Get Your FREE Personal
Multivitamin Recommendation

We'll search our database of over 100 multivitamin brands
to find the Top 3 that match your needs most closely

[Video] Vitamin D May Reduce Cancer Deaths by as Much as 75%

[Video] Vitamin D May Reduce Cancer Deaths by as Much as 75%

Maintaining a serum vitamin D level of between 40 and 60 ng/ml could possibly prevent up to 75 percent of breast cancer and colon cancer deaths. So says Dr Cedric Garland from the University of California, San Diego, School of Medicine. This is exciting news for two reasons.

A new Computer model called DINOMIT suggests that approximately 50,000 cases a year of breast cancer could be eliminated in the United States and Canada. The same could be said for cancer of the colon. This is exciting because these are two difficult diseases to prevent. We think we could reduce the number of cancer deaths by 75 percent. The “D” in DINOMIT stands for vitamin D.

By screening at the earlier stage, it has a chance to be caught long before a tumor is formed. It is a more rational approach to screening and will detect cancers earlier. Now, we are facing mostly untreatable cancers.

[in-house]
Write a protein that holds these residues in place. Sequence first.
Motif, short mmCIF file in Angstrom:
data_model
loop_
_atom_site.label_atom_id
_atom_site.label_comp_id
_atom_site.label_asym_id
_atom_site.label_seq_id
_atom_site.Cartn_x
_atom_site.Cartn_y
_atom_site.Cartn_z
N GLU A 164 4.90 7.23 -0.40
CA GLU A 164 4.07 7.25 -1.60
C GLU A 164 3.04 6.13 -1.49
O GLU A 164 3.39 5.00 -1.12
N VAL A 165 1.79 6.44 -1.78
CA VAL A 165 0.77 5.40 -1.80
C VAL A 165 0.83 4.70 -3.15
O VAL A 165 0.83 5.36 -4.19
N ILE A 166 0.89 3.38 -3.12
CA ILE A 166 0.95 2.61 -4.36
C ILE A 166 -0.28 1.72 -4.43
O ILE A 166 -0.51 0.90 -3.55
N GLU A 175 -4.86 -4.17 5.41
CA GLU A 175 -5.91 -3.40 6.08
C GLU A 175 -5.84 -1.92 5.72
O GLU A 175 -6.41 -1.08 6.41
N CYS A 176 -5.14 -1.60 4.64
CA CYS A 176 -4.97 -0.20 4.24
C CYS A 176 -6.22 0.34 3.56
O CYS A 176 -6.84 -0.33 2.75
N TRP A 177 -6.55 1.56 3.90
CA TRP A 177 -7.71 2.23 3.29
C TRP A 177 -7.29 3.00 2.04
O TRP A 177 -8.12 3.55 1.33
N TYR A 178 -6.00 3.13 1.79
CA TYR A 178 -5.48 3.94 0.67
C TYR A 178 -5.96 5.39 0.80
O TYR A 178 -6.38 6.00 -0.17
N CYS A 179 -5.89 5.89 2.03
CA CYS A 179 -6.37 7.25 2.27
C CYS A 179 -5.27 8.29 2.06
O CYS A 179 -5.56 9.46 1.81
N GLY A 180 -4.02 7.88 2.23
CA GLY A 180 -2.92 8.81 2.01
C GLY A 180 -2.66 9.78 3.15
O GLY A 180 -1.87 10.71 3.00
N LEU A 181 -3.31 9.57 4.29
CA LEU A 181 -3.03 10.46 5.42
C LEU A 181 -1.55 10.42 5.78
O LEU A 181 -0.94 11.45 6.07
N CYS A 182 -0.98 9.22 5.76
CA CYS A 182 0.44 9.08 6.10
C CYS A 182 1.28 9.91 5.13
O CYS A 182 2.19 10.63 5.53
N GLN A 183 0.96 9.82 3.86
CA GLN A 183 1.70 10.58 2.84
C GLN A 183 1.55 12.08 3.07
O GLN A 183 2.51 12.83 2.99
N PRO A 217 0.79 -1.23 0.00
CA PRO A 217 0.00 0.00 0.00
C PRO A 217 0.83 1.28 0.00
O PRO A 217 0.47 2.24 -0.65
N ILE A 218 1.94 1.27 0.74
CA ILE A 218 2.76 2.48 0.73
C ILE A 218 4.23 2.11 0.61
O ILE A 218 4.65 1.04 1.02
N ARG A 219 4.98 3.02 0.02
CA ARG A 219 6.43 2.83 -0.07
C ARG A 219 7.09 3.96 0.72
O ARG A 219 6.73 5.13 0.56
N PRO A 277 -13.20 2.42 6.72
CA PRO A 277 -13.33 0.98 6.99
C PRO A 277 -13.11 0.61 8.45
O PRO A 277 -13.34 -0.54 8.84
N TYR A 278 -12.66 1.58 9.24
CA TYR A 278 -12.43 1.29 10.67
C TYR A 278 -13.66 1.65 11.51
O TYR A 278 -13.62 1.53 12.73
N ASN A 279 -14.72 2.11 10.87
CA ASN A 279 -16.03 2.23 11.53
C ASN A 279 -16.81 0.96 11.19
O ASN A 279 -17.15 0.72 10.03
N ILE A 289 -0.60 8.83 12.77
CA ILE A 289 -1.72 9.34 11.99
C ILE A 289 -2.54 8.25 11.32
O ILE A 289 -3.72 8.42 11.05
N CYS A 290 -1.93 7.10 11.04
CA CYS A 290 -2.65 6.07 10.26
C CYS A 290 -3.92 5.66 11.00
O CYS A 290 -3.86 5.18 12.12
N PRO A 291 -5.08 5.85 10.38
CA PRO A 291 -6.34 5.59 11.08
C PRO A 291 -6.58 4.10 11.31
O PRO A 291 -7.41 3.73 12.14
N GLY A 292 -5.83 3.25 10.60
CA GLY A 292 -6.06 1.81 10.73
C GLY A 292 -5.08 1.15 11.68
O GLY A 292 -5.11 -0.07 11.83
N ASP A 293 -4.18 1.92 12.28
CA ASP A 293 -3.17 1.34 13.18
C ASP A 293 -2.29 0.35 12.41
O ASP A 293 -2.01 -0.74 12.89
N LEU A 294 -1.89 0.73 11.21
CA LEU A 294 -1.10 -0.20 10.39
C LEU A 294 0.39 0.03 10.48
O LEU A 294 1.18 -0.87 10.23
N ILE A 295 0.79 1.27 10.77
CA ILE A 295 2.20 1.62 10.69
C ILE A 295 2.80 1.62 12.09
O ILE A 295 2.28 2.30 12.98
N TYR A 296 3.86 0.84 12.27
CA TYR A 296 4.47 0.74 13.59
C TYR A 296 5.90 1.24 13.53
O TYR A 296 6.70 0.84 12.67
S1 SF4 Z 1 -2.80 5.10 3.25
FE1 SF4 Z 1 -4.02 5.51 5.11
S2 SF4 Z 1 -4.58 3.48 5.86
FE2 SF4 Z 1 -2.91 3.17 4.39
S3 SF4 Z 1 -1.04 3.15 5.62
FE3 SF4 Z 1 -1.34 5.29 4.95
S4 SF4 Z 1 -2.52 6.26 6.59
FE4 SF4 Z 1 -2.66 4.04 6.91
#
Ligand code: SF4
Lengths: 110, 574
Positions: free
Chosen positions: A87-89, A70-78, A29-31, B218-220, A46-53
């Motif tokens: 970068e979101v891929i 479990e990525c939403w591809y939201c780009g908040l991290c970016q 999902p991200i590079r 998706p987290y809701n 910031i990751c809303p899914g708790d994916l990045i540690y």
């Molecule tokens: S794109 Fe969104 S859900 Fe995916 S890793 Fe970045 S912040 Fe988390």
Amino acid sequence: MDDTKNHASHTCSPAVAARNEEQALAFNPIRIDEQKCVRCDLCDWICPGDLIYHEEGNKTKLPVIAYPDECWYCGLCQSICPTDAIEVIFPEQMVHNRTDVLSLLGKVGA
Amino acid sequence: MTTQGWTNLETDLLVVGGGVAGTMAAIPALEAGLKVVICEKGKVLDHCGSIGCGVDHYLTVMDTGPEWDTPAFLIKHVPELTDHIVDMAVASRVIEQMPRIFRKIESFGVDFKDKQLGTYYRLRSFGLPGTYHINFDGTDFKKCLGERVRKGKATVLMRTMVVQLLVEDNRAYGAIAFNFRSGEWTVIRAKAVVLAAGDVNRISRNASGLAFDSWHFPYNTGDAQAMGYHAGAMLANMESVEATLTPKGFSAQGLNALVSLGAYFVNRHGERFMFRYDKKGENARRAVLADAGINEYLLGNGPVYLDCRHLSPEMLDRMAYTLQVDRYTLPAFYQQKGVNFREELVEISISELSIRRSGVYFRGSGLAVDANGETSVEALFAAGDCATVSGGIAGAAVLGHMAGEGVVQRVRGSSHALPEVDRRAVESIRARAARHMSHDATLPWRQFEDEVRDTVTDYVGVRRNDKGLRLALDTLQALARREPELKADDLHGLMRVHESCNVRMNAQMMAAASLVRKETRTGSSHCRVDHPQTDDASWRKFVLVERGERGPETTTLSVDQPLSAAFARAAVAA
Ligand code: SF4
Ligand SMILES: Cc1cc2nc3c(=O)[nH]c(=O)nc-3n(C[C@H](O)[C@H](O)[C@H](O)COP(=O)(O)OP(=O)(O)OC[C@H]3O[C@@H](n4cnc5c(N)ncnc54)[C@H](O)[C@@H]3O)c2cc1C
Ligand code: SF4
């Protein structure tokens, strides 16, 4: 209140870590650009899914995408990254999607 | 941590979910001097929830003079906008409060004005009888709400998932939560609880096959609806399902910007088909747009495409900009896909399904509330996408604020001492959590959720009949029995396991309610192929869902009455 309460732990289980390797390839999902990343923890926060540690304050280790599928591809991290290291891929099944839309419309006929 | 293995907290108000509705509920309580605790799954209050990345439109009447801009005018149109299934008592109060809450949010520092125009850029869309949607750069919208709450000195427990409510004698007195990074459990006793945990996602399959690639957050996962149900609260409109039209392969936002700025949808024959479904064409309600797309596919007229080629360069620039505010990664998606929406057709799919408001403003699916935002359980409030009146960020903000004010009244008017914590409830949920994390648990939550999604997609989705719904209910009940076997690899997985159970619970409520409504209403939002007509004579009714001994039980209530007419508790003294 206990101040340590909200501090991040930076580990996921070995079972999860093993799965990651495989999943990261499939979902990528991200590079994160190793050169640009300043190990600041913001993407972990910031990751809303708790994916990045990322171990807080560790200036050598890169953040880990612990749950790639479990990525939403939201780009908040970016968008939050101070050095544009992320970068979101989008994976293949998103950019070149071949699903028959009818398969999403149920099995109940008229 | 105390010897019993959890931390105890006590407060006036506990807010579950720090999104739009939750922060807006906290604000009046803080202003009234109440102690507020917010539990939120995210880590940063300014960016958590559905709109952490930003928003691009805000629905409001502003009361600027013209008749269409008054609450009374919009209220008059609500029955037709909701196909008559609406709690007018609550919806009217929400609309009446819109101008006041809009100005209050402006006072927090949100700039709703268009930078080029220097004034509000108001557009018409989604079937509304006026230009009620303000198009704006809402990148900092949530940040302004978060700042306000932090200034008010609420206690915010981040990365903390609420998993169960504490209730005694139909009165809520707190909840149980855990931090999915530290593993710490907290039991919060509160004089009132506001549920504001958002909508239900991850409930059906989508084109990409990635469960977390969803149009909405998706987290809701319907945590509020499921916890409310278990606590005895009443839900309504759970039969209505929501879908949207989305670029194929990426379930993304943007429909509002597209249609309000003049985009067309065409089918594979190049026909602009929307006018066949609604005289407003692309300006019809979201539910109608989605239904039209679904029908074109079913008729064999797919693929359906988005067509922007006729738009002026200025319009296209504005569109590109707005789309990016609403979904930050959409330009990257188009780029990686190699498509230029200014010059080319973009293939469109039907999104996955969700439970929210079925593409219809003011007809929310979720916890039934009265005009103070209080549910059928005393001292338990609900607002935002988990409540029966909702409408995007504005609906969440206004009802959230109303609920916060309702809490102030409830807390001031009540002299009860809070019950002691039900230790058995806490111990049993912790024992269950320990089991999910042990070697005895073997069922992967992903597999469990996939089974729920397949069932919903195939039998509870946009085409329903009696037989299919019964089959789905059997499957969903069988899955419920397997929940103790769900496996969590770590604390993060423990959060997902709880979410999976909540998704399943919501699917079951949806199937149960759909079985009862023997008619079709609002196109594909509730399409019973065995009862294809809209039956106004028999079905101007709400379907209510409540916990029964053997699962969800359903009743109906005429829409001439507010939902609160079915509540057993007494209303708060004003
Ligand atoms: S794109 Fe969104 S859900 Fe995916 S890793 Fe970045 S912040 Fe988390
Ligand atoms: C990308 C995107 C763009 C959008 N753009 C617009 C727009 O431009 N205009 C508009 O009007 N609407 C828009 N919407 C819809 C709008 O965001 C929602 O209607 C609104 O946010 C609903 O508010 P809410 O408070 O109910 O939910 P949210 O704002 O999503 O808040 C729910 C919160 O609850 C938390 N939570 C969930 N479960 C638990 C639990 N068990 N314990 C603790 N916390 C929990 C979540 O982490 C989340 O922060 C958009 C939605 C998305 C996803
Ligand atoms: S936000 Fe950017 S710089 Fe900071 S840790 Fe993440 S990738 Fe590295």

See interview of Dr. Garland from the University of California, San Diego:

What are the implications for current practice?

Assessing levels of vitamin D to determine the level of vitamin D in their blood, if it can be maintained within the range indicated above, then we will be able to eliminate a significant number of these two types of cancer and achieve a 75 percent overall reduction in mortality.

What does this mean for you?

The first step is to ask your doctor for a vitamin D blood test. If this doesn’t work, seek out and take the blood test yourself. A consortium of scientists and doctors have worked out that the optimum serum blood level of vitamin D is between the values mentioned above. This is the effective range for the prevention of these cancers. This can be accomplished by using vitamin D dietary supplements or by spending more time in the sun.




Garland C et al, “Does the evidence for an inverse relationship between serum vitamin D status and breast cancer risk satisfy the Hill criteria?.” Dermato-endocrinology. 2012.

Leave a comment